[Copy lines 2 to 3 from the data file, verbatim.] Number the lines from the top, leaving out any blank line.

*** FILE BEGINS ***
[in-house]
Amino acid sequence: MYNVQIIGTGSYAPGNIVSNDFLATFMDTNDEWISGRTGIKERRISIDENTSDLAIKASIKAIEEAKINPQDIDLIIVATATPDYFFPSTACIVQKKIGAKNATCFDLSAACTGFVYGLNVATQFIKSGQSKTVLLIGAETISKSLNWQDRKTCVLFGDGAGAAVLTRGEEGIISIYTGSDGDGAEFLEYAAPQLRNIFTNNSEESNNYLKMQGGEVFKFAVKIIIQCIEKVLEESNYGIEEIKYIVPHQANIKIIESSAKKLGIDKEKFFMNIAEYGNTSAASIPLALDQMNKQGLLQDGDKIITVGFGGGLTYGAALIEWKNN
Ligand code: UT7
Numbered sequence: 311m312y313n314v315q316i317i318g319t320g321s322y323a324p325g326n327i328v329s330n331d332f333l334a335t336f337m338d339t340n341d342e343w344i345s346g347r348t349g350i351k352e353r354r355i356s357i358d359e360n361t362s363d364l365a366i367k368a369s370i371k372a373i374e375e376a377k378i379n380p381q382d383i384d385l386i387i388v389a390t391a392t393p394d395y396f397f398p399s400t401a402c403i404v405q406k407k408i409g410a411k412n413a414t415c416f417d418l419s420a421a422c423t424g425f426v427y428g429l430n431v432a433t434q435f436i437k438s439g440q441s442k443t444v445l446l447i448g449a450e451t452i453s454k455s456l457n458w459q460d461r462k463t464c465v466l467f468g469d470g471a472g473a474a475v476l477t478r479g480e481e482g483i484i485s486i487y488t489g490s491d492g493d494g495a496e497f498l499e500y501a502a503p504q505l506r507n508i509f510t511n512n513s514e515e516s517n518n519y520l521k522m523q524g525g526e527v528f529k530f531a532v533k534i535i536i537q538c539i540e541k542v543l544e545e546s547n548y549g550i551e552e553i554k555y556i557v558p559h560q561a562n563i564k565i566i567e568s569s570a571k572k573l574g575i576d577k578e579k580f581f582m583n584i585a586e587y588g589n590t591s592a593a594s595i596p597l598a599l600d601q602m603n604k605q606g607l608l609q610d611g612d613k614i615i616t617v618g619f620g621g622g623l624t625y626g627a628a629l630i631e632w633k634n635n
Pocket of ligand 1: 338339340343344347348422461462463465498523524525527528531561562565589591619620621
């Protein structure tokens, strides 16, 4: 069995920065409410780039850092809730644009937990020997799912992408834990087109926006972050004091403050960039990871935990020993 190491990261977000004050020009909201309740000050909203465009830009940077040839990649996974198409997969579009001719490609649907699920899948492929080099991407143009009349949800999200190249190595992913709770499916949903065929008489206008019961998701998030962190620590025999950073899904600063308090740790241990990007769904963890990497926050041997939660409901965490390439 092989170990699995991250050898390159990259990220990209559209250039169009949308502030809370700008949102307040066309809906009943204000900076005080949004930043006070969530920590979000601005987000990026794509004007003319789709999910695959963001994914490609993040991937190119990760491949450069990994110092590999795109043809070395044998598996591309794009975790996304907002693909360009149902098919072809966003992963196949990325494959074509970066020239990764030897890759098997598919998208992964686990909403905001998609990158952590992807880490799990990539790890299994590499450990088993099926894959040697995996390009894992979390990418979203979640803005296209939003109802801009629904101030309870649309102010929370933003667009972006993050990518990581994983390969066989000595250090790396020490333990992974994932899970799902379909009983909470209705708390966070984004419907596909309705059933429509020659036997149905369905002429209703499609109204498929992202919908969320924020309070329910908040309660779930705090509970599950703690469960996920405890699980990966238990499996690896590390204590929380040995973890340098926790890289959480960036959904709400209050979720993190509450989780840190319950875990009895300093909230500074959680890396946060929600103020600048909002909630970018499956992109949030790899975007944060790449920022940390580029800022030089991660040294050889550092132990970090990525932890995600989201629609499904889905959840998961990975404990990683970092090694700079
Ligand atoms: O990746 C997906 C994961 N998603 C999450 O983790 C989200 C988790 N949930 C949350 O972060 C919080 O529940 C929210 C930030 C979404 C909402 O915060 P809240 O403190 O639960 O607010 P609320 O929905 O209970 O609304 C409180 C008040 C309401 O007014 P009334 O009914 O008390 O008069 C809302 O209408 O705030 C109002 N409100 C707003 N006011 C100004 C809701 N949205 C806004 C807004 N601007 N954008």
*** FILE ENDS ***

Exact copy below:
Amino acid sequence: MYNVQIIGTGSYAPGNIVSNDFLATFMDTNDEWISGRTGIKERRISIDENTSDLAIKASIKAIEEAKINPQDIDLIIVATATPDYFFPSTACIVQKKIGAKNATCFDLSAACTGFVYGLNVATQFIKSGQSKTVLLIGAETISKSLNWQDRKTCVLFGDGAGAAVLTRGEEGIISIYTGSDGDGAEFLEYAAPQLRNIFTNNSEESNNYLKMQGGEVFKFAVKIIIQCIEKVLEESNYGIEEIKYIVPHQANIKIIESSAKKLGIDKEKFFMNIAEYGNTSAASIPLALDQMNKQGLLQDGDKIITVGFGGGLTYGAALIEWKNN
Ligand code: UT7